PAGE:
As a rule, the NCAA Tournament is a can’t-miss proposition. Come up with 64 (or 68) teams, fill out the brackets, and play the games. There will be drama. All tournaments are reliable that way, this tournament especially.
This year, though, has been different: a riot of a tournament from its opening tip, fêted with high drama, incredible performances, and a loss for the ages.
A 16 seed from the University of Maryland Baltimore County walloped the tournament’s number one overall seed by twenty points and, in the process, broke an 0-for-135 streak for 16 seeds against 1s that dated back to 1985.
Speaking of, 1985 was the last time that Loyola Chicago made the Sweet Sixteen – until this year, when the Ramblers got there thanks to two improbable last-second shots and the pregame prayers of a 98-year-old nun named Sister Jean Dolores Schmidt.
Sister Jean calling herself an “international” sensation, or UMBC’s 5’8, 140-pound point guard KJ Maura tearing up the Cavs’ backcourt would have been plenty for most tournaments.
For this one, it barely scratches the surface of what we saw during the tournament’s crazed opening weekend.
On Sunday, Cincinnati blew a 22-point lead and lost to a Nevada team that came back to win its first game in overtime against Texas. Wolfpack coach Eric Musselman celebrated that first win by screaming the f-word three times in TNT; he celebrated the second win by charging into the locker room shirtless.
In the tournament’s East region, the highest seed left is number five Kentucky. Should John Calipari’s team get past Kansas State, they’ll face the winner of a matchup of Musselman’s Wolfpack and Sister Jean’s Loyola Chicago for a spot in the Final Four.
That East region will be remembered as the first ever not to send any of its top four seeds to the Sweet Sixteen, but things were hardly calmer on Sunday in the West region, where North Carolina and Xavier went tumbling out in the space of three hours.
The West’s third seed is still standing only because, the night before, Michigan’s Jordan Poole hit an absurdly difficult, buzzer-beating shot to steal a 64-63 win against Kelvin Sampson’s Houston.
As we prepare to take in the tournament’s second weekend, there are as many 11 seeds left dancing (Loyola and Syracuse) as there are 1 seeds (Villanova and Kansas).
On Monday, ‘Noles coach Leonard Hamilton said that this March “almost like a revolution.”
Whether that’s true or not, this year’s Madness will stand for years as a gleaming reminder of the tournament’s unmatched ability to deliver thrills and spills and sounds and stories so fast that you barely have time to think.
Even the more routine games last weekend were compelling: Michigan State melted down against the Orange in Detroit, missing their last fourteen shots from the field as the beleaguered Tom Izzo failed to crack Jim Boeheim’s still-spitting zone.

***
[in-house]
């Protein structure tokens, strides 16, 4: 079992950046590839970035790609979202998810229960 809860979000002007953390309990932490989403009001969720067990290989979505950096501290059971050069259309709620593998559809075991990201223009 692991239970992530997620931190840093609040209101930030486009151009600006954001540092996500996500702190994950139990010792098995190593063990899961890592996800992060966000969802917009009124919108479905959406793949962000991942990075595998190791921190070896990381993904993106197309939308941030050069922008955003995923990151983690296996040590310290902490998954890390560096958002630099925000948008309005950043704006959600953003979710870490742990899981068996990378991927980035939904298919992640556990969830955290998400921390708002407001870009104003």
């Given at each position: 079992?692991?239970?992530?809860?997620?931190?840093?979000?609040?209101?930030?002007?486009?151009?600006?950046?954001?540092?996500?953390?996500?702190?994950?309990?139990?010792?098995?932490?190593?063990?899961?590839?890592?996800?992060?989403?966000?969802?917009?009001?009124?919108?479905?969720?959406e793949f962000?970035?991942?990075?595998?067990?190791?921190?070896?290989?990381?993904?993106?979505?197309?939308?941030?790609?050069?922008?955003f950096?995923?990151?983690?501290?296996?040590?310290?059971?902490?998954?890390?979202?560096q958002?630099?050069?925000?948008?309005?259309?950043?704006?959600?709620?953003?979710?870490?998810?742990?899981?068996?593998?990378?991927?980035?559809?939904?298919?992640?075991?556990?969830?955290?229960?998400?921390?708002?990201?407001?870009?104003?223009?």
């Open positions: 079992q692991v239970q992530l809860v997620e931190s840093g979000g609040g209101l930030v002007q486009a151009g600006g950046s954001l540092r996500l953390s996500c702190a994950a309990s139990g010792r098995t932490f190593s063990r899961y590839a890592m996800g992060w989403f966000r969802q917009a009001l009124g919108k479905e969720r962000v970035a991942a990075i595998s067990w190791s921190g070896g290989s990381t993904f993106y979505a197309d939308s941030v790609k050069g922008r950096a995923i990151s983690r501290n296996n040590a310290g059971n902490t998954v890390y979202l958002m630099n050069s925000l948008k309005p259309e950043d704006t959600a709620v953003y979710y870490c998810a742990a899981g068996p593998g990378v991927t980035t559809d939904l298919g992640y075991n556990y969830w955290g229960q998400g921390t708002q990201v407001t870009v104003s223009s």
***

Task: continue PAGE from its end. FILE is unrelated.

Gonzaga took a 15-0 lead on Ohio State, watched the Buckeyes storm back to go up 62-58, and then finished the game on a 32-22 run to become Mark Few’s fourth straight Sweet Sixteen team.
We saw Marshall shoot Wichita State out of the tournament, Buffalo blitz Arizona, Trae Young come up just short against Rhode Island, and Angel Delgado put up 24 points and 23 rebounds in his last game for Seton Hall against the Jayhawks.
There hasn’t been a dull moment. There has hardly been a moment that’s made sense.
Virginia, the country’s best defense, gave up 53 second half points to a team put up 39 in an entire game against Albany earlier this year. The country’s second best defense, Cincinnati, was gashed for 32 points in the final eleven minutes in their meltdown against Nevada.
Roy Williams, meanwhile, hadn’t lost a tournament game as a six-or-more-seed favorite since George Mason took out the Tar Heels on their run to the 2006 Final Four.
The George Mason coach in that tournament was Jim Larranaga, the same man who stood with his hands clasped to his head in horror when the three-point shot of Loyola Chicago’s Donte Ingram took out his Miami team a week ago.
Where do we go from here? It’s anyone’s guess of course – though it must be said that Calipari, after his voluminous complaining, ended up with a path to San Antonio of Davidson, Buffalo, K-State, and the winner of Nevada and Loyola.
The Wildcats are favorites in that decimated East region. Logic says that Michigan and Gonzaga are likely to meet in the West, but A&M is, clearly, not to be trifled with.
The tournament stayed much more on the rails in the Midwest and South regions, where a trio of bluebloods – ‘Nova, Kansas, and Duke – are the three favorites to win it all.
Duke plays Syracuse on Friday night, buoyed by its own unexpected zone defense. If Coach K took inspiration from Boeheim, it was with plenty of merit: take away a Final Four matchup with UNC two years ago, and the Orange have given up 51, 50, 60, 62, 56 and 53 points in their last six tournament games.
Villanova has the tournament’s biggest margin of victory so far, but the West Virginia team they’ll face just isn’t far behind.
In the other game in that region, Purdue’s engineering students have been charged with creating an elbow brace that will allow the Boilermakers’ Spartan-esque center Isaac Haas to get back on the court for the team’s matchup against Texas Tech.
If these next four days are anything like the last four of the tournament, we’re in for another unforgettable ride.
If not, this March will live forever all the same.